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Back and Better Than Ever

Janet’s ‘All for You’ Lives Up to Expectations

By Devdoot Majumdar

Janet Jackson

‘All For You’

Virgin Records


Either Janet Jackson has her own unique style that seeps into each of her albums or she’s got an incredibly consistent production crew that does it for her. Either way, she epitomizes all that is lacking in this new age of Brittneys and Christinas, for better or for worse.

Sporting this carefully crafted originality, Jackson’s never shrill, ever-silky voice graces her latest album, All for You. Named after her latest MTV entrance, the album follows standard Janet features and format, delving into experimental beats and rhythms that require a listening or two before setting in.

Despite her newfound “icon” status, Janet delivers vocals with the same awesome range and control characteristic of only the Jacksons. All for You takes that sublime voice and packages it into some memorable songs, and others made for mediocrity.

After successfully proving that even depressing themes can produce good music (but not fun music!) with her tear-jerking The Velvet Rope (1997), she seems now to have abandoned the depression she once knew. With songs entitled “Come On Get Up” and a duet with Carly Simon bearing the famous lines “I bet you think this song is about you,” All for You is all about self-righteousness, happiness, and Janet’s ebullience thereof.

But once the happy Janet surfaced, the angry Janet (“what about the shit you done to me? what about that? what about that?” from an album ago) got stuck with the “ooh baby oooh baby (X8)” genre. Entering that realm known to many of us as “sex music,” Janet is now but the lovechild of SadÉ and Barry White, spawning “sex music” for a new generation.

And yet, All for You as a whole makes for fun listening. Bouncing from orgiastic sex music to bubble gum pop music to soulful ballads, the album contains a true range of music.

The “pop” on the album is definitely not standard fare. All for You brings tingly, disco-esque sensations to the listener, but perhaps more importantly, hip-shaking, head bobbing music. Where it might be lacking in the lyrics department (the words “all for you” are repeated 30 times), it makes up when it comes to innovative instrumentals.

The Carly Simon duet, “Son of a Gun,” brings Janet Jackson the rap artist back from her “Rhythm Nation” days. The song ventures into the realm of the utterly cacophonous (much like Aaliyah’s “Try Again”), with Carly Simon muttering on about clouds in her coffee. Oddly reminiscent of the sampling of Joni Mitchell in “On and On” from The Velvet Rope, “Son of a Gun” is bound to make a splash due to the sheer celebrity power behind it. As with much of the rest of the CD, “Son of a Gun” took a few repetitions to become enjoyable.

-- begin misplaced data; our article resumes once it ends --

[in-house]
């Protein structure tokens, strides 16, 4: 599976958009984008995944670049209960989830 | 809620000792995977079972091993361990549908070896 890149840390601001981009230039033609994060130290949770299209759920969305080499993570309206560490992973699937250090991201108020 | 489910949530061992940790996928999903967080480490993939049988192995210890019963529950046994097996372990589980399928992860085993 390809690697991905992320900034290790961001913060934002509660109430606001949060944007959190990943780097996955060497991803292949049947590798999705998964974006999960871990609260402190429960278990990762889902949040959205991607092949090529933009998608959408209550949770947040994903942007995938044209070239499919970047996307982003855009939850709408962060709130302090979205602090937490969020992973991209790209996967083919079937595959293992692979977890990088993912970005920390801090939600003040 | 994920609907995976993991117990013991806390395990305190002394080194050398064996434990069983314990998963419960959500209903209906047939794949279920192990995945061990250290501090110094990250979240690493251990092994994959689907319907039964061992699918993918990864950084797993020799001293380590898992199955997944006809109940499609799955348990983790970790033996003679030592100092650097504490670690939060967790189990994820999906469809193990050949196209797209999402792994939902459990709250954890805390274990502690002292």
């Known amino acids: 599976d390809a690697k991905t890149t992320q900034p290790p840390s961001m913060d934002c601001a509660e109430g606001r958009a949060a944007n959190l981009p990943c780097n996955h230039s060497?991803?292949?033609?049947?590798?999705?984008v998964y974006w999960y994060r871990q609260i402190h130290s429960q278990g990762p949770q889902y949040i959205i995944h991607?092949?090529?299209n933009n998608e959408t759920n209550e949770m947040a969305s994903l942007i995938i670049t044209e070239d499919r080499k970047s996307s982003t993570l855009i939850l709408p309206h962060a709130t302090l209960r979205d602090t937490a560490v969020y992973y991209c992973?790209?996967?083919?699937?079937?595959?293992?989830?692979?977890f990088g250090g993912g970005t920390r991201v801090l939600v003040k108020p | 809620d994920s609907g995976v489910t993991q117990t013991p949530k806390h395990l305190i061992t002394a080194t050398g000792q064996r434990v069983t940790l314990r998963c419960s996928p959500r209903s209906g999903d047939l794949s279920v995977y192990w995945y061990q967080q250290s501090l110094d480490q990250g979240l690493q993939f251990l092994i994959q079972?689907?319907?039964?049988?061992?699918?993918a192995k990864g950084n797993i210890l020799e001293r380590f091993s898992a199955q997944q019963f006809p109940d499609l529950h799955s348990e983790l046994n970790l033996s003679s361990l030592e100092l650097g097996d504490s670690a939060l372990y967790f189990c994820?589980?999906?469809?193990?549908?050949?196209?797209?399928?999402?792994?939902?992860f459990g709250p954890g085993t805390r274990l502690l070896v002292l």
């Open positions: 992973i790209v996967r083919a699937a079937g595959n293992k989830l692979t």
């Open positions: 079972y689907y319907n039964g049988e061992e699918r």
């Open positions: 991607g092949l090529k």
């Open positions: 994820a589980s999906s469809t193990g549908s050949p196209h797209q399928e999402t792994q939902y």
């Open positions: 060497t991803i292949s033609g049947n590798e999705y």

Aside from the easily identifiable “pop” on All for You, many songs begin with the casual pattering of a jazz organ, a characteristic element of Jackson’s songs. A pleasant break from the meticulously edited, complex, and saccharine melodies of recent MTV regurgitates like J. Lo and Destiny’s Child, Jackson’s melodies for the most part are simple, pleasant tunes. In truth, they end up being a demonstration of the versatility of Jackson’s voice, proving that she can sound perfect without a herd of backup singers and overpowering background music.

The ballads, emotional and unabashedly sexual, are numerous and catchy. Lacking the signature elaborateness of “All for You” or other radio-ready material, they each have unique instrumentals (undoubtedly computerized) with organic sounds, melding Janet’s smooth voice with the music. Though seeming initially unremarkable, Janet’s slower songs are distinct and bubbly in character. Her producers also have a predisposition to releasing dance mixes of everything, so I presume many of the slower ballads will find themselves reincarnated on the dance scene, with obscenely fast and unfitting techno tunes.

In general, the album doesn’t have any ingenious lyrics to boast. But the music industry abandoned the quest for good lyrics ages ago, so I suppose we review these days simply on sound and rhythm and leave the lyrics business for the Ani Difrancos and Sarah McLachlans out there. Aside from the lyrics, there are a series of odd interludes (a regular element of Janet’s CD’s) that are especially irritating after listening to the album a few times. It is basically Janet imitating Fran Drescher, Janet commenting that “guys are lame,” and other such meaningful moments.

At any rate, bubble gum pop, easy as it comes, gets a twist with Janet, elegantly escorted with acoustic guitars and the whole gamut of computerized yet natural-sounding instrumentals. Perhaps what sells the album, more than the songs, is Janet’s voice and her innovative (and frankly, courageous) use of beats and harmonies. Janet’s voice is as pristine as ever, and, never outshined backup singers, she overpowers every track.

Her sizzling voice in this new, effervescent mix of 14 new songs, with sex music, good pop, and soulful ballads, is ideal for fans and head bobbers alike.